Galaxy S7 & Edge thoughts

After trying-before-I-buy with both models side by side in two different Best Buys, some thoughts:

  • Edge has a wider/better viewing angle — the S7 gets much darker than the Edge when the screen is not exactly straight on. Also much darker than my current iPhone 5.
  • At first store, the Edge gave whites a yellowed tone compared to the S7. At second store, Edge had a pinkish tone on whites compared to S7. Both had same settings, and tested on all screen profiles. 
  • Even straight on, and with the S7 showing better whites, there was a dullness I the S7 that could be annoying over long term use. 
  • The main value I see in the novelty of the edge menu is in taking quick actions on open articles, which will actually be immensely useful for taking notes when reading, or sharing articles. Any other use as a launcher is probably beat by the ease of keeping those apps on the home screen. 

I am really interested in why I’m seeing colour differences between these two models. I’m leaning toward buying the S7, largely due to the wider viewing angle, and the slight ease of use I think the edge will give me in my phone-based activity (reading). But I’m a little uncomfortable with the colour (quality?) inconsistency I’m seeing in the Edge screens.

The closest I’ve come to finding a review that goes beyond comparing just the published specs of the screens (resolution and ppi) and actually looking at the quality of the displays is at DisplayMate, but even though they pride themselves on measuring the color accuracy of the screens, they still only measure the S7’s colors and assume the two screens will be the same.  The two screens are different sizes and are made of different components, so I don’t know why nobody is looking at the non-PR-kit differences between them.

this post will be taken entirely out of context.

Something felt a little bit off in one particular line of “Critical Praise / Review” for Rob Bell (and ostensibly, his new book How to Be Here):

Bell will be joined by the likes of Brian McLaren, James Martin, Diana Butler Bass and Carol Howard Merritt. — Christianity Today

I could see it working if Bell “joins the likes of…”, but there’s something about how it was written that sounded like a high-schooler’s essay pieced together with sentence fragments taken from all over the internet.

Not far off, that line is actually taken from a Christianity Today article about a podcast/YouTube channel that Rob Bell is involved with — where he is “joined by the likes of Brian McLaren, James Martin, Diana Butler Bass and Carol Howard Merritt.” (It’s so important the article states it twice.)

Now, I know pull-quotes are used out of context all the time, but at least they’re usually coherent. 😛

And then I then read the first pull-quote from Publisher’s Weekly….which sounded familiar because it was already used wholesale as part of the publisher’s product description.

I’m going back to my cave now — the internet is making my head hurt.

Equalization and You

Equalization is a federal program where they spend more money in regions that are economically depressed. Full stop.

This five minutes 30 seconds is the best description I’ve heard of how equalization payments work in Canada. It’s two Albertan political strategists .

The Strategists: Episode 564

I’ll start you at 31:40 into the episode. Listen at least to the 37:10 mark.

We pay the exact same taxes (federal rate) in Alberta as they pay in Quebec…there’s no “I’m paying more because I’m a rich Albertan — you’re paying more because you’re rich.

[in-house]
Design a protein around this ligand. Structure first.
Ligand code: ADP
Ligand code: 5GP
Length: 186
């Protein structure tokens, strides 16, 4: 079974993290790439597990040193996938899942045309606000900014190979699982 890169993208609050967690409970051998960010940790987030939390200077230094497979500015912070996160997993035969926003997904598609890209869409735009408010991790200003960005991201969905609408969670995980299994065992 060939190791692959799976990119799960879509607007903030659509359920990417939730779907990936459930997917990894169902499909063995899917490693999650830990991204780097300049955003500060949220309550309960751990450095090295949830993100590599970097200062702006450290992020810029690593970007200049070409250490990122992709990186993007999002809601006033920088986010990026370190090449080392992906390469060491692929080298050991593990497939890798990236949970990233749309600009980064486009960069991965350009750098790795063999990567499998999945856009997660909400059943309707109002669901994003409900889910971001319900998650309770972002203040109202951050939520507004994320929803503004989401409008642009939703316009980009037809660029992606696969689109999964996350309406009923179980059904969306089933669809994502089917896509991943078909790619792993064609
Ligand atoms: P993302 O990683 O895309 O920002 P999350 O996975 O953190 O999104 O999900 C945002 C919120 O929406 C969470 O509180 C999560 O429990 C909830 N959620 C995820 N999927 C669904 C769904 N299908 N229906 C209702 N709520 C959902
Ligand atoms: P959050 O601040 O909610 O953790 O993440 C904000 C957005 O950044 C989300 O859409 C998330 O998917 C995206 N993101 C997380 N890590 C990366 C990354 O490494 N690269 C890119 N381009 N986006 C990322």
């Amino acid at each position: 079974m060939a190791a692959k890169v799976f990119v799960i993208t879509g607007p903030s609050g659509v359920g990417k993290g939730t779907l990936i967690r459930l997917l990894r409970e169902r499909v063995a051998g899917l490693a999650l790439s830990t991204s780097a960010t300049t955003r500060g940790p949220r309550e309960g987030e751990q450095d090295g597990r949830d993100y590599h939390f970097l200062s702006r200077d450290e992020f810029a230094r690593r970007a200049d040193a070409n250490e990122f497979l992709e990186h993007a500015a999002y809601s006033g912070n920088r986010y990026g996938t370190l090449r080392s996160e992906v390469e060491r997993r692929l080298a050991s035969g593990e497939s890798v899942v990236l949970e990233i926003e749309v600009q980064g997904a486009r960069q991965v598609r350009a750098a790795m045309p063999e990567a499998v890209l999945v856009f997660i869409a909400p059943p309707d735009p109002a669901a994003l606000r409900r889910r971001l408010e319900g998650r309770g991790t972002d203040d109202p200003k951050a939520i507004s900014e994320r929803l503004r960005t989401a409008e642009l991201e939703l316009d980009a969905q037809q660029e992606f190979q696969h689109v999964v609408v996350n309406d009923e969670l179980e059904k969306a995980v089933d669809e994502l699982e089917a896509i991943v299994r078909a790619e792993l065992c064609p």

Every province does a form of equalization…every city does a form of equalization, because we don’t make the same money and the reason we do a taxation system to begin with is to redistribute funds to those who need them.

Bonus quote, from later in the episode:

Ralph Klein was the one who started to establish this idea that we’re sending a cheque somewhere down East. Well I’ll tell you something — before the 1970’s, we needed it too. People have to remember that in Alberta we were a have-not province. Then we got a little bit of oil an gas going our way and things started to work for us. But it didn’t really start to work for us until the late 1960’s and the 1970’s.

Link Roundup – 2016 03 02

Some things worth looking at from the past week or so:

Kids These Days

Congrats for making me hate both sides of this argument.

A millennial complained about her job; the Internet responded by complaining about millennials. This guy actually had some great things to say.

He is what’s missing from most “conversations” on the Internet.

A series of bad choices, published for all to see online, goes viral and like magic, old and young people alike start rattling off all that’s wrong about kids these days.

Listen, assholes: You made mistakes when you were young. So did I. We still make mistakes.”

Sometimes, it’s not just the kids’ fault. We don’t have to coddle her mistakes while still admitting that it’s kind of a screwed up world out there for anyone looking to forge a living as a young adult.

.:.

Starkers

Why are we so obsessed with the human form that we’ve become paradoxically indifferent to it? — Patrick Kirk-Smith, from his review of Starkers

Starkers, by Davy and Kristin McGuire. Take a look at their projects page for a ton of other incredible projector-based work, such as The Icebook.

(via Prosthetic Knowledge)

.:.

Air Fountain

So mezmerizing.

By Daniel Wurtzel.

(via Prosthetic Knowledge)

.:.

The man who made ‘the worst video game in history’

An interesting insight from a game developer turned psychotherapist:

Programmers and therapists are all systems analysts. It’s just that I’ve moved on to a much more sophisticated hardware.

The article is mainly a history of Atari, and nothing like that quotation.